Kyiv was bombarded as in the 1941
The capital of Ukraine was attacked with rockets. The adviser to President Volodymyr Zelensky, Mykhailo Podolyak, compared Russia with terrorists: “Today, Kyiv woke up not by the birds’ singing, but by explosions. 4 “high-precision” RF missiles hit residential buildings in the capital’s downtown. Destroying civilization, “Second Army of the World” is same as the Taliban or Hezbollah. Terrorists have one finale – retribution.”
Concomitantly, the Russian troops launched over 50 rockets of different types – air, maritime and ground – on localities of Lviv, Jytomyr, Sumy, Rivne, Dnepropetrovsk, Kharkov, Cernihiv and Mykolaiv regions.
Oleksii Reznikov, the Minister of Defense of Ukraine, believes that the only way to resume dialogue between the West and Russia may be the demilitarization of the European part of the aggressor state.
Reznikov explained that the Russians’ most recent missile strikes on Ukrainian cities were carried out from the Caspian and Black Seas and the airspace of Belarus, which is pretending not to be a party in the military conflict. According to Reznikov, this is a strategic threat to the security of the entire European continent. Therefore, Western partners’ rapid response should be to provide Ukraine with modern air and missile defense systems.
Price of peace is paid by Ukrainians
The situation around Ukraine will most like be settled via negotiations, NATO Secretary General Jens Stoltenberg said in his interview for El Pais, published Saturday.
“Most likely, this war will end at the negotiations table,” he said, according to El Pais. “We are responsible for providing the strongest possible position to Ukraine and for helping it to remain a sovereign and independent European nation.
“The best way to do so is to provide a strong military and economic support and to promote harsh sanctions against Russia,” the official said.
According to Stoltenberg, “there is no total war between NATO and Russia.” “Peace can always be achieved if you surrender. But Ukraine is fighting for its freedom, for its right to exist, for the right to be a democratic nation without submitting to the power of Russia. And the Ukrainians are ready to pay a very high price, to sacrifice themselves for these values. It's not for us to tell them how far their sacrifices should go,” Stoltenberg stated.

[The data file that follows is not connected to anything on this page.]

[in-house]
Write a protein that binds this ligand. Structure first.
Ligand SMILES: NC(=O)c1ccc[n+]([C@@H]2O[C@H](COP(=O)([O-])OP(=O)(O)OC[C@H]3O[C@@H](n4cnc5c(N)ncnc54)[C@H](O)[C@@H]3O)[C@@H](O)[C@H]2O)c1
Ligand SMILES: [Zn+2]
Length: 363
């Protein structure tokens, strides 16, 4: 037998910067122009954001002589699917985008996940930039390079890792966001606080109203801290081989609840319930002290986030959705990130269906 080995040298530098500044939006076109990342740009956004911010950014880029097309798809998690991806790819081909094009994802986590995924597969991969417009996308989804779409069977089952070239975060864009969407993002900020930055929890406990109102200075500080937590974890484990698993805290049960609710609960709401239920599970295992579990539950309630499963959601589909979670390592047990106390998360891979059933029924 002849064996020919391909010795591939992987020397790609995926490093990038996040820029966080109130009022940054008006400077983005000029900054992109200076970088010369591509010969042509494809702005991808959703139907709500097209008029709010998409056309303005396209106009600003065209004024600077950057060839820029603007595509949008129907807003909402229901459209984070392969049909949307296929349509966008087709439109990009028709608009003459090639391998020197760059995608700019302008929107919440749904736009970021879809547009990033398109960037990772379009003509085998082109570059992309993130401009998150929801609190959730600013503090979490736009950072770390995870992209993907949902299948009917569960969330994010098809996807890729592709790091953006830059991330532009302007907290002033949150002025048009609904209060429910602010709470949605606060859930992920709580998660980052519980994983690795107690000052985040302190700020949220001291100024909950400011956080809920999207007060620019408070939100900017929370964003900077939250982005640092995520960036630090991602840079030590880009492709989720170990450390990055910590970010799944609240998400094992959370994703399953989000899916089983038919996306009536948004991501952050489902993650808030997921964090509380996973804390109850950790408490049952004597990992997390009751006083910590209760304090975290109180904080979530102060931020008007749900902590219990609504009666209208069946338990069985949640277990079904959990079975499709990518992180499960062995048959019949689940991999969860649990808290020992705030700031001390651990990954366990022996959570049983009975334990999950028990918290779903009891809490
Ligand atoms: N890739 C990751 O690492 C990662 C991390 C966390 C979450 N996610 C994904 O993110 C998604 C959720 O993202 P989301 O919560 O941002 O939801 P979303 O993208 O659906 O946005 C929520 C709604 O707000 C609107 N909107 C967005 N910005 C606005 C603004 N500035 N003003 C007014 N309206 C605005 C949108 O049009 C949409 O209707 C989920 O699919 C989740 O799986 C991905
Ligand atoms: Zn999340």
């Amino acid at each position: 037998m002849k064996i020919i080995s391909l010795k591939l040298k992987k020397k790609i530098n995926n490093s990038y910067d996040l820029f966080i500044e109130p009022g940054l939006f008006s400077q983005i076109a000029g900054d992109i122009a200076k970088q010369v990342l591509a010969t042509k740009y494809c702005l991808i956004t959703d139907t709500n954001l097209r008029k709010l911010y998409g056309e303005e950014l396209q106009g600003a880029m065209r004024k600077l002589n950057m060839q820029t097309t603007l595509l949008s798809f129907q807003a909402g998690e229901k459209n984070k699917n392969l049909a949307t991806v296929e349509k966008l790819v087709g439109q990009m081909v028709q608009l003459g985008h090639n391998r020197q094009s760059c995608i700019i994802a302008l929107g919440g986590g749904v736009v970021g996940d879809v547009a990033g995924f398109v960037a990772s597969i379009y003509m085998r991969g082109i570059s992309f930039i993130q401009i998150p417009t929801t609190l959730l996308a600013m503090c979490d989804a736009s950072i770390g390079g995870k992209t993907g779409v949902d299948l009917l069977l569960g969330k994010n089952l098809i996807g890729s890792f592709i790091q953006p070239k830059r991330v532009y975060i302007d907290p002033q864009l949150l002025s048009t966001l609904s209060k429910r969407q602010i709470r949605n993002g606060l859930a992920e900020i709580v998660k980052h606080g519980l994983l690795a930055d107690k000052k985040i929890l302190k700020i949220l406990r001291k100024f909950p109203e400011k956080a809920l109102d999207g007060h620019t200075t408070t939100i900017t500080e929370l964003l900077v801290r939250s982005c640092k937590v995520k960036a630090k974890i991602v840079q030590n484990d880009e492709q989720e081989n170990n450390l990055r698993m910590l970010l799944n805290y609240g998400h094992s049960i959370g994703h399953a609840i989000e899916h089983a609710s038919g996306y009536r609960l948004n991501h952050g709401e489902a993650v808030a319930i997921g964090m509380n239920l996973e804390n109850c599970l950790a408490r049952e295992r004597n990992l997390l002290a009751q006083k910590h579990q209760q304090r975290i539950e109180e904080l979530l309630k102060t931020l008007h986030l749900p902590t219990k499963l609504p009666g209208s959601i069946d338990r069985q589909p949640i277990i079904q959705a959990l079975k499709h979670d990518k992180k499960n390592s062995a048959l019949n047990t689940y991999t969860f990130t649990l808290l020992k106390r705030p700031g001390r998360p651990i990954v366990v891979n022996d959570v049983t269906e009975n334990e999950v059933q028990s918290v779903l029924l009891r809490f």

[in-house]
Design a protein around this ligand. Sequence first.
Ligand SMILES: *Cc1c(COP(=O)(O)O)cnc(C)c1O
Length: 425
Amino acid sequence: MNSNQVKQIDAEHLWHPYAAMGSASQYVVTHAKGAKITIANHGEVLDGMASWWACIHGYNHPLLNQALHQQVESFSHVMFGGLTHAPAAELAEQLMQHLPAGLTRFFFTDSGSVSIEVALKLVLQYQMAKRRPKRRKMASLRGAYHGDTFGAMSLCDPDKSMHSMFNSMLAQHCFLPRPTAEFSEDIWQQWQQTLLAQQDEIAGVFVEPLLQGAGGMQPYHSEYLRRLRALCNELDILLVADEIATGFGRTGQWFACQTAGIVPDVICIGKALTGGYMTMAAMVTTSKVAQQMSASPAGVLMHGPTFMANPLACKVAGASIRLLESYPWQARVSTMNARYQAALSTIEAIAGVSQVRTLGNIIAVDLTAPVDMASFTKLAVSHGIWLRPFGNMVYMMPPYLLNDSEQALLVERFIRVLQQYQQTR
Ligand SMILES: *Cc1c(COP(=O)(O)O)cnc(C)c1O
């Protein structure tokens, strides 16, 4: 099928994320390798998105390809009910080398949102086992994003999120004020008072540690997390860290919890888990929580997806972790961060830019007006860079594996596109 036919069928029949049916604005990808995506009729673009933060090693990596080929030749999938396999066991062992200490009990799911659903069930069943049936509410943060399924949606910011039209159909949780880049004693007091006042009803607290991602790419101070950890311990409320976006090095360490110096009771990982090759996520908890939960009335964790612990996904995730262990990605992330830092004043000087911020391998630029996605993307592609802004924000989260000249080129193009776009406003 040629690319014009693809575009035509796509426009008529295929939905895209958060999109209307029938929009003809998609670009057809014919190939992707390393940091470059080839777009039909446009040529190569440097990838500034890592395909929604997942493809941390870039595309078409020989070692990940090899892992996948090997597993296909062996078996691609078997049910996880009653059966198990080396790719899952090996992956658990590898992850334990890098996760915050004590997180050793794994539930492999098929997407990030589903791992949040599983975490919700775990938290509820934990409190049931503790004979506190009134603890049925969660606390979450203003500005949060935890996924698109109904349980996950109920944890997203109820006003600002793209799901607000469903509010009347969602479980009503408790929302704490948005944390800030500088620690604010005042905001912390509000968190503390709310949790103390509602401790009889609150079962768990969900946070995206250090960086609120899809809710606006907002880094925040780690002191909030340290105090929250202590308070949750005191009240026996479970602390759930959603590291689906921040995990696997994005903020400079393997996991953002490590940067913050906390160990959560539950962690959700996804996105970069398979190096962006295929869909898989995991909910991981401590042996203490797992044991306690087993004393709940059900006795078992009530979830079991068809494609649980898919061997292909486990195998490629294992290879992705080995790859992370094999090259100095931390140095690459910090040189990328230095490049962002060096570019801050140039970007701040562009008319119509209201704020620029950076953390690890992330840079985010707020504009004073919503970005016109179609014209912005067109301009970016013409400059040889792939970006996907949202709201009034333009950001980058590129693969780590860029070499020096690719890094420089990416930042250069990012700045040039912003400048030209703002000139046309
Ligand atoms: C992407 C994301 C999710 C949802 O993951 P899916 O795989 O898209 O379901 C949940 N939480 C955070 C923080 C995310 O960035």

Bad peace generates other bad consequences
British Prime Minister Boris Johnson said on Saturday that he feared Ukraine could face pressure to agree a peace deal with Russia that was not in its interests, due to the economic consequences of the war in Europe.
“Too many countries are saying this is a European war that is unnecessary ... and so the pressure will grow to encourage - coerce, maybe - the Ukrainians to a bad peace,” he told broadcasters in the Rwandan capital Kigali, where he was attending a Commonwealth summit.
Johnson said the consequences of Russian President Vladimir Putin being able to get his way in Ukraine would be dangerous to international security and “a long-term economic disaster”.
Last week Hungry demanded that Europe should start negotiations with Russia.
Dmytro Kuleba, Minister for Foreign Affairs of Ukraine, says Ukraine will support the people of Moldova and the country’s government in the wake of the latest threats coming from the Russian Federation.
“We stand with the people and the government of friendly Moldova amid renewed threats coming from Moscow. All Russia has left is spitting out threats at other states after decades of failed policies based on aggression, coercion, and disrespect. This only shows Russia’s weakness,” Kuleba tweeted.
Moscow hopes “already damaged” ties between Russia and the European Union will not deteriorate further with EU candidate status granted to Ukraine and Moldova, the Kremlin spokesman said on Friday.
“It is important (that these processes) do not lead to further deterioration of our relations with the EU, because it is very difficult to damage them further, (as) they are already pretty damaged,” Dmitry Peskov said during a press briefing in Moscow.
G7 adopts statement on Ukraine
The G7 Foreign Ministers of Canada, France, Germany, Italy, Japan, the United Kingdom, and the United States of America, and the High Representative of the European Union, reaffirmed in the strongest terms their condemnation of .
The meeting focused on Russia’s culpability for aggravating the g . G7 Foreign Ministers made clear that Russia’s war against Ukraine is exacerbating food insecurity, including by blocking the Black Sea, bombing grain silos and ports, and damaging Ukraine’s agricultural infrastructure.
G7 Foreign Ministers called on Moscow to cease its attacks and threatening actions and un-block the Ukrainian Black Sea ports for food exports. They expressed their support for the United Nations’ efforts to urgently reopen a Black Sea route for grain and the European Commission’s Action Plan for EU-Ukraine Solidarity Lanes for moving grain by road, rail and barge to world markets, to which G7 countries are actively contributing.
Turning point expected in August
Certain events will take place in August that will show the whole world that a turning point is starting, the head of the Ministry of Defense of Ukraine, Major General Kirill Budanov stated on the air of one of the largest broadcasters in the UK“ITV news”.
“Ukraine will return to the borders of 1991, and we are not considering any other scenarios. By the end of the year, active hostilities will drop to almost zero. We will regain control over our territories in the foreseeable future,” he stated.
The head of Ukraine’s military intelligence confirmed that part of the Ukrainian army’s success in the Russian-Ukrainian war now depends on international support and noted Britain’s recent proposal to train 10,000 Ukrainian servicemen.